As you stock the cooler for Monday’s Miami Beach Bowl, enjoy this refresher on the Memphis Tigers’ bowl history.
NOTE: The undefeated (10-0) Tigers of 1938 received an invitation to play in the Prune Bowl (yes, it was held in California), but declined when bowl officials were unable to cover the team’s travel costs. This was the Great Depression, after all.
1956 BURLEY BOWL
The Tigers went 4-4-1 in the regular season and won a pair of shutouts before falling to Ole Miss in their season finale. They traveled to Johnson City, Tennessee, to face East Tennessee State on Thanksgiving day. The Tigers scored three touchdowns in the third quarter (two of them by Eddie Gebara) to pull away. You won’t find many first-person accounts of this game. The crowd was estimated to be 700 people. It was cold.
Tigers 32, East Tennessee State 12
1971 PASADENA BOWL
The Tigers were invited to this bowl by virtue of their Missouri Valley Conference championship. Their regular-season record was 4-5-1, but they were 3-1 in league play. The game was played in the Rose Bowl (on December 18th) but attracted merely 15,244 fans. Tailback Dornell Harris was the Tiger star with 87 rushing yards and a second-quarter touchdown. This was the last game on the sidelines — and 91st win — for Memphis coach Spook Murphy.
Tigers 28, San Jose State 9
2003 NEW ORLEANS BOWL
A 32-year drought ended in fine fashion for the Tiger program despite the absence of sophomore sensation DeAngelo Williams (sidelined by an injury). North Texas scored first, but Tiger quarterback Danny Wimprine led three scoring drives before halftime to give Memphis the lead for good. The Louisiana native completed 17 of 23 passes for 254 yards and a touchdown to earn MVP honors. The win was the Tigers’ ninth of the season, the program’s most in 40 years.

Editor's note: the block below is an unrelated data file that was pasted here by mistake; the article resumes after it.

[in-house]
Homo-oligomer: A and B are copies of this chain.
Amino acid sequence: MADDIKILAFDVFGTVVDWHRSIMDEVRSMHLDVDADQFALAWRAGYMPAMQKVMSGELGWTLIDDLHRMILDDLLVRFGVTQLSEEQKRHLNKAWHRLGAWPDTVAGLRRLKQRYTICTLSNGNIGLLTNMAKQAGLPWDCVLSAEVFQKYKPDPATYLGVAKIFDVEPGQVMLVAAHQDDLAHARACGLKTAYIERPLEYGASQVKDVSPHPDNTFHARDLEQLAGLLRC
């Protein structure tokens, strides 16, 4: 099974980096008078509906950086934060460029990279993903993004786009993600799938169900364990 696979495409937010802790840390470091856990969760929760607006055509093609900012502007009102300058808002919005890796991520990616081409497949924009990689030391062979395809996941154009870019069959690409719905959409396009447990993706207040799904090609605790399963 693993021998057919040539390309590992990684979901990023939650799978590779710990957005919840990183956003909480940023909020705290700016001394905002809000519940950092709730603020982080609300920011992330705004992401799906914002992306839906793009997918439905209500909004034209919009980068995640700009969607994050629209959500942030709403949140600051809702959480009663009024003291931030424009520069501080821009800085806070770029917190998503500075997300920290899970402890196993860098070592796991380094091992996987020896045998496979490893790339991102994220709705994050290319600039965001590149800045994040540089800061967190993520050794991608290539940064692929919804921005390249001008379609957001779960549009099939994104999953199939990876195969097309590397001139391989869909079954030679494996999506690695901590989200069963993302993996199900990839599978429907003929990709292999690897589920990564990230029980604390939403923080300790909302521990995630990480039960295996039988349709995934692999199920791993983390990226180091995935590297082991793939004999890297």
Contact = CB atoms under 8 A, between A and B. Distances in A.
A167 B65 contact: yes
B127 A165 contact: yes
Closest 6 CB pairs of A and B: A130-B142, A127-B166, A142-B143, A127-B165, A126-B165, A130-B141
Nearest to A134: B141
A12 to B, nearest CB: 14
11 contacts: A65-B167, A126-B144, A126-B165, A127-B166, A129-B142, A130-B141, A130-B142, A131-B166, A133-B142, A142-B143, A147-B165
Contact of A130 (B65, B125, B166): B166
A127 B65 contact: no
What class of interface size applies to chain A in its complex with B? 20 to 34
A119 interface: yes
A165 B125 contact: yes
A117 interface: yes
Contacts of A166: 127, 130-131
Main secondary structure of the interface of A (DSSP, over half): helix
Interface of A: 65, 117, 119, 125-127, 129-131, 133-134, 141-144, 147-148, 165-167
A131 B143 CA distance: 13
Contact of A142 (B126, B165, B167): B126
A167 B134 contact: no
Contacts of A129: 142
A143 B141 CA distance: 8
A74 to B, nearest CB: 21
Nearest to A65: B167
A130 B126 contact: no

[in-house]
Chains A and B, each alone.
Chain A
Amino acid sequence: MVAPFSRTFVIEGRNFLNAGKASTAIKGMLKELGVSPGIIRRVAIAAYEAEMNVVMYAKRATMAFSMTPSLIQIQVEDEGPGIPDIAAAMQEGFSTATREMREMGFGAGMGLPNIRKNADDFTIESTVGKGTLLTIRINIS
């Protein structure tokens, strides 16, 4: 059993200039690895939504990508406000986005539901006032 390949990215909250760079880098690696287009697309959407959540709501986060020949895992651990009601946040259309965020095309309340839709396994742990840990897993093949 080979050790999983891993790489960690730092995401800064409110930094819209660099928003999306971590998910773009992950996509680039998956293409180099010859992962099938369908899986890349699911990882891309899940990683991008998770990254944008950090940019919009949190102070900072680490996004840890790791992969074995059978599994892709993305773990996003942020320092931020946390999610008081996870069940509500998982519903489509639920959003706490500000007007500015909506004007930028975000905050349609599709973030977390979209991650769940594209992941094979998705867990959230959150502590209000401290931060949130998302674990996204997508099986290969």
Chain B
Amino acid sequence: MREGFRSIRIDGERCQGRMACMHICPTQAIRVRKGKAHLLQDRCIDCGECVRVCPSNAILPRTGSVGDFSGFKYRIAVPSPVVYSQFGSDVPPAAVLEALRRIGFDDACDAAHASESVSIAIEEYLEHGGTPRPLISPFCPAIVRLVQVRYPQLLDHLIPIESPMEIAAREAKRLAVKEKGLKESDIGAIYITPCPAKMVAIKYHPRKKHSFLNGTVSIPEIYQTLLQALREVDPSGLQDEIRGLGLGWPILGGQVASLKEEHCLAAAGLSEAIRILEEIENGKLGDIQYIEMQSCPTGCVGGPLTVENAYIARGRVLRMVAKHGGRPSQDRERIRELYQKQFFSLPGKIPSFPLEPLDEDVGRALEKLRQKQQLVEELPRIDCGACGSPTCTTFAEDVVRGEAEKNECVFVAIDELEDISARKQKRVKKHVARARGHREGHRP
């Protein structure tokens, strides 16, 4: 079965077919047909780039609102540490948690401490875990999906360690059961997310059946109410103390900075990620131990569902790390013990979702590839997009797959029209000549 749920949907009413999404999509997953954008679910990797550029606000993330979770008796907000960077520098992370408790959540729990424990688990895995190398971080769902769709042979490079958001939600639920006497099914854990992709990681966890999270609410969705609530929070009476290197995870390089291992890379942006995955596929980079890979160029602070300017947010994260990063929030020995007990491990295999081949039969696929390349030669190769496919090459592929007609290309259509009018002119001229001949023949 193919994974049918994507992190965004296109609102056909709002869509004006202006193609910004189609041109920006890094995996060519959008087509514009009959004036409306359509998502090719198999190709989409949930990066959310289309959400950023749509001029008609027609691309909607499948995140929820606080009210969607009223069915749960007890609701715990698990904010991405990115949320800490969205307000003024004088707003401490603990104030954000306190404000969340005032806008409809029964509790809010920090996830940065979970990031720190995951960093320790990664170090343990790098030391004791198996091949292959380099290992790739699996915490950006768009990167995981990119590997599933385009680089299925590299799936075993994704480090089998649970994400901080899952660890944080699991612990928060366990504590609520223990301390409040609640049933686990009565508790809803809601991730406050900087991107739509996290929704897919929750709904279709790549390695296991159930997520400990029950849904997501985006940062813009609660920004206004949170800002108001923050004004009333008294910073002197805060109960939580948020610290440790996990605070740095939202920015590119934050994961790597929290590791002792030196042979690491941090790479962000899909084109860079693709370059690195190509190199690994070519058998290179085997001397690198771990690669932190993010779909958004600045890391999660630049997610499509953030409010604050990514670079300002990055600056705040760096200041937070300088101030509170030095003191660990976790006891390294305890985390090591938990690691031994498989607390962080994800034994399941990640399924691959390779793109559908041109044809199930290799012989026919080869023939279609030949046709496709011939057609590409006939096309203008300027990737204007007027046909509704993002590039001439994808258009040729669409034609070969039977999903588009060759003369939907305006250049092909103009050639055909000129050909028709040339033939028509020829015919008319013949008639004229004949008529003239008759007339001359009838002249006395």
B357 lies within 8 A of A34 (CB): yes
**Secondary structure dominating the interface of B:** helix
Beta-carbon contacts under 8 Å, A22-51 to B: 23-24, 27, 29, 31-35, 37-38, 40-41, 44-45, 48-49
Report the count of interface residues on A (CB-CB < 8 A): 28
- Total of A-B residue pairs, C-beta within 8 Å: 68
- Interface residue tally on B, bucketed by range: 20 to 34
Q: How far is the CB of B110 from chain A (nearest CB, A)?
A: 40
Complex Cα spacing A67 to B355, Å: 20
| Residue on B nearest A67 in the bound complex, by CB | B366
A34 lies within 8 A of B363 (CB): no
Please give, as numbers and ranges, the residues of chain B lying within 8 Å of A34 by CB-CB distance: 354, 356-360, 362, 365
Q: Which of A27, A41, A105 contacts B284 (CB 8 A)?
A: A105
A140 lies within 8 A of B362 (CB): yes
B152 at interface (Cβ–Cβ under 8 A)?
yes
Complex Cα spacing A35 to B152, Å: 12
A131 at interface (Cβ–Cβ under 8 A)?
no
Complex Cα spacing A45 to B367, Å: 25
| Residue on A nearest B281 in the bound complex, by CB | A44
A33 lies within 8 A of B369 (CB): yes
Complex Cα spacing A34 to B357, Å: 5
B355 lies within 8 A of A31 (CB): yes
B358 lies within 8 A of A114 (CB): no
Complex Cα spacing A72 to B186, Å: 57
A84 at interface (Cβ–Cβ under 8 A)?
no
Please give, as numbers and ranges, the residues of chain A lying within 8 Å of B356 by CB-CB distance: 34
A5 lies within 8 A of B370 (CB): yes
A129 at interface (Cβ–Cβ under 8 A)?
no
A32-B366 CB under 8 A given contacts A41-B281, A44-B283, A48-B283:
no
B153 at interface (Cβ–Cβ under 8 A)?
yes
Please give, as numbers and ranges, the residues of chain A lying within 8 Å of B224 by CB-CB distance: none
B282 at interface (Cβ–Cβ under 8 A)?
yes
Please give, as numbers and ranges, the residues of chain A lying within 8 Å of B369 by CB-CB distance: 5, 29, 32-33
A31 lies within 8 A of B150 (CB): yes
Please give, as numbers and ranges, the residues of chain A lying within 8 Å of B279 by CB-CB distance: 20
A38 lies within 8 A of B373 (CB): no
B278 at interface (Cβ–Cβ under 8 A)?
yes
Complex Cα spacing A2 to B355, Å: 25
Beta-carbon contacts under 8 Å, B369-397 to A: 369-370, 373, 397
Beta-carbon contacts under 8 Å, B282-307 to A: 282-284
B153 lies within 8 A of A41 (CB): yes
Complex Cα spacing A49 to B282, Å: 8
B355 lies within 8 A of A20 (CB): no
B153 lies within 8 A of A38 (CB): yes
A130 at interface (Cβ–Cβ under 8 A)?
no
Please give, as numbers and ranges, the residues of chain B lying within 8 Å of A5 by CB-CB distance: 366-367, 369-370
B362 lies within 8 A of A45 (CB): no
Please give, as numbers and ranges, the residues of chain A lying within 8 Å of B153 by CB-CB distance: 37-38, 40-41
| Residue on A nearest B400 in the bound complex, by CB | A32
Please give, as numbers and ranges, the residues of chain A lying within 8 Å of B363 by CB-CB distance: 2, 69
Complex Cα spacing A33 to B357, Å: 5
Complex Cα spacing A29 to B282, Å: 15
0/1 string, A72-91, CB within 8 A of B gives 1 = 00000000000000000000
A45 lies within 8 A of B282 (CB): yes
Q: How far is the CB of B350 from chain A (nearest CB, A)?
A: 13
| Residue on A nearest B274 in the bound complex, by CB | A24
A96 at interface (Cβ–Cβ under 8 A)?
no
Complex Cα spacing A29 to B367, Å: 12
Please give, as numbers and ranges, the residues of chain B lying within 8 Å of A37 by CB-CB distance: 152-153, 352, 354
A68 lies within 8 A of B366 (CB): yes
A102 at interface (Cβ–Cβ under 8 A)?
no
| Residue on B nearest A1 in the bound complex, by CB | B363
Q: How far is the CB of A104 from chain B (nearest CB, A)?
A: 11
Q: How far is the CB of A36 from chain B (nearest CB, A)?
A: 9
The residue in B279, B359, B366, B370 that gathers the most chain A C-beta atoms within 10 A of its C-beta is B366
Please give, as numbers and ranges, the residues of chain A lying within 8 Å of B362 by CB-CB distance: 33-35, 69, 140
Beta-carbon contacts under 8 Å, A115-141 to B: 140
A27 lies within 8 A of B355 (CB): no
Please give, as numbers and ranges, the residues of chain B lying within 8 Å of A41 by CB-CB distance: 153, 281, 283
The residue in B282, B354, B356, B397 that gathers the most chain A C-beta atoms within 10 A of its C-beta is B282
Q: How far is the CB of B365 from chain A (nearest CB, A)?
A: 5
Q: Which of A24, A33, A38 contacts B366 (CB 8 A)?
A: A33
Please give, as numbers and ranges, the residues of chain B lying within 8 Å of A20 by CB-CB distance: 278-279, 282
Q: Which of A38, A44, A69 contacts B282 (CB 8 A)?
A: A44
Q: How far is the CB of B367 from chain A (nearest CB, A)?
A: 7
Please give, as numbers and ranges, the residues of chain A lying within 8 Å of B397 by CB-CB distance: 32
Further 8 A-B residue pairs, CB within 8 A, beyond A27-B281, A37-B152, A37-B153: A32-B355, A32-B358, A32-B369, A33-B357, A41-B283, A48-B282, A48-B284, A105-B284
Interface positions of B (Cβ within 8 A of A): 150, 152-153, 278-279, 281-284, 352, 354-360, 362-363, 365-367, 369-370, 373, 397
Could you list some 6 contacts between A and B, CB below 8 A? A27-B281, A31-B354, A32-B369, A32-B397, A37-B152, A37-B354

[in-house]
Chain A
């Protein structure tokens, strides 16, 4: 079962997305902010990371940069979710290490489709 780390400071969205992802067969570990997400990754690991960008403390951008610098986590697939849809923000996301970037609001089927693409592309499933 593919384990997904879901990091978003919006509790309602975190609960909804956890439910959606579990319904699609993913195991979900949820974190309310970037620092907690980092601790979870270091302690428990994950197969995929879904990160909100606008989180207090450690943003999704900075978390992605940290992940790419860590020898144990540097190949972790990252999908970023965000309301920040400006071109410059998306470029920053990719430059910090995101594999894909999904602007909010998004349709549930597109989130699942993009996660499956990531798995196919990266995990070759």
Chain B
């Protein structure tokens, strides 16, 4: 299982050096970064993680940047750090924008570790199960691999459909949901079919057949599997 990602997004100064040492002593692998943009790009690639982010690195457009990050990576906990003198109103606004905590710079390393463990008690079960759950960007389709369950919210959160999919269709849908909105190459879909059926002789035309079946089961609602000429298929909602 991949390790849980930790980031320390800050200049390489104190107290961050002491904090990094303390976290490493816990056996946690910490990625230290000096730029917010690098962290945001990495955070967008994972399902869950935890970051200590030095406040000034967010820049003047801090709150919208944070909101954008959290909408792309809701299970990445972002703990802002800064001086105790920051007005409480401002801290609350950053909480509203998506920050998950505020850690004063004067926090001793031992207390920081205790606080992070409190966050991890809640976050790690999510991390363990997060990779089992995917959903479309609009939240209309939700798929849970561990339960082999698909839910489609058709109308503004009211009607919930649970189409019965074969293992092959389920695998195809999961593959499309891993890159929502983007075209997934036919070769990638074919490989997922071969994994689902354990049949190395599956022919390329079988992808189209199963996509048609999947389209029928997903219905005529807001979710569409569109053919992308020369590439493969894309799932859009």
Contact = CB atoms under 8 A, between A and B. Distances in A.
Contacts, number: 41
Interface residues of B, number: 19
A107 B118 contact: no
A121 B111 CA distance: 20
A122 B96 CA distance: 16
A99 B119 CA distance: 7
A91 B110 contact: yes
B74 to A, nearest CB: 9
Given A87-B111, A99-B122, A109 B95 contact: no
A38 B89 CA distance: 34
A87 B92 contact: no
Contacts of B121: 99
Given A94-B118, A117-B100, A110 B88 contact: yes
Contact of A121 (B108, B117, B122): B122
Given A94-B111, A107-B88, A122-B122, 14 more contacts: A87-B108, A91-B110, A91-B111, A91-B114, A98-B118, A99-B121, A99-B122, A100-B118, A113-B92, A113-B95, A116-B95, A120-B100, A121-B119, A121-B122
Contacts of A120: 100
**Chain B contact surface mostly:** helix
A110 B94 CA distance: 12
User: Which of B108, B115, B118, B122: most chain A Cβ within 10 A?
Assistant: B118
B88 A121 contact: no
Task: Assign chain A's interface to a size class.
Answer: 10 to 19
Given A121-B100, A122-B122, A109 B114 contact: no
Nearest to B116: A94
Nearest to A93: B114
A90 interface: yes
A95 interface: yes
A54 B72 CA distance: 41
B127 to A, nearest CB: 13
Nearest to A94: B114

Tigers 27, North Texas 17
2004 GMAC BOWL
The Tigers earned a bid to this bowl (played in Mobile, Alabama) with an 8-3 regular season. Bowling Green scored five first-half touchdowns, but the Tigers answered with four of their own, including a 31-yard scamper by Williams to make the score 35-28 at halftime. But Memphis didn’t score again until late in the fourth quarter, the game having been decided. Williams ran for 120 yards and Wimprine passed for 324 in his final game with the Tigers.
Bowling Green 52, Tigers 35
2005 MOTOR CITY BOWL
Ford Field made for quite a setting, considering the Super Bowl would be played at the same venue six weeks later. DeAngelo Williams completed the greatest career in Memphis football history by rushing for 238 yards and three touchdowns to earn MVP honors. (The Tigers attempted only 14 passes.) This was also the final college game for the Tigers’ alltime leading scorer (and current New England Patriot), Stephen Gostkowski, who connected on three field goals, one from 50 yards. The win gave the Tigers a final record of 7-5.
Tigers 38, Akron 31
2007 NEW ORLEANS BOWL
The Tigers won five of their last six games after a slow start for a return to the Superdome with a 7-5 record. Florida Atlantic scored 17 points in the game’s first ten minutes and led 30-20 at halftime. Memphis quarterback Martin Hankins threw a touchdown pass to Carlos Singleton to close the Owl lead to three in the third quarter before FAU pulled away for the victory.
Florida Atlantic 44, Tigers 27
2008 ST. PETERSBURG BOWL
The Tigers reached a fifth bowl game under coach Tommy West by the slimmest of margins, beating Tulane (handily) to finish the regular season with a record of 6-6. (Memphis lost its first three games and was 3-5 in mid-October.) South Florida dominated on both sides of the ball, holding the Tigers to 66 rushing yards and 172 through the air. Playing in its backyard, USF benefited from three touchdown passes by Matt Grothe, the game’s MVP.
USF 41, Tigers 14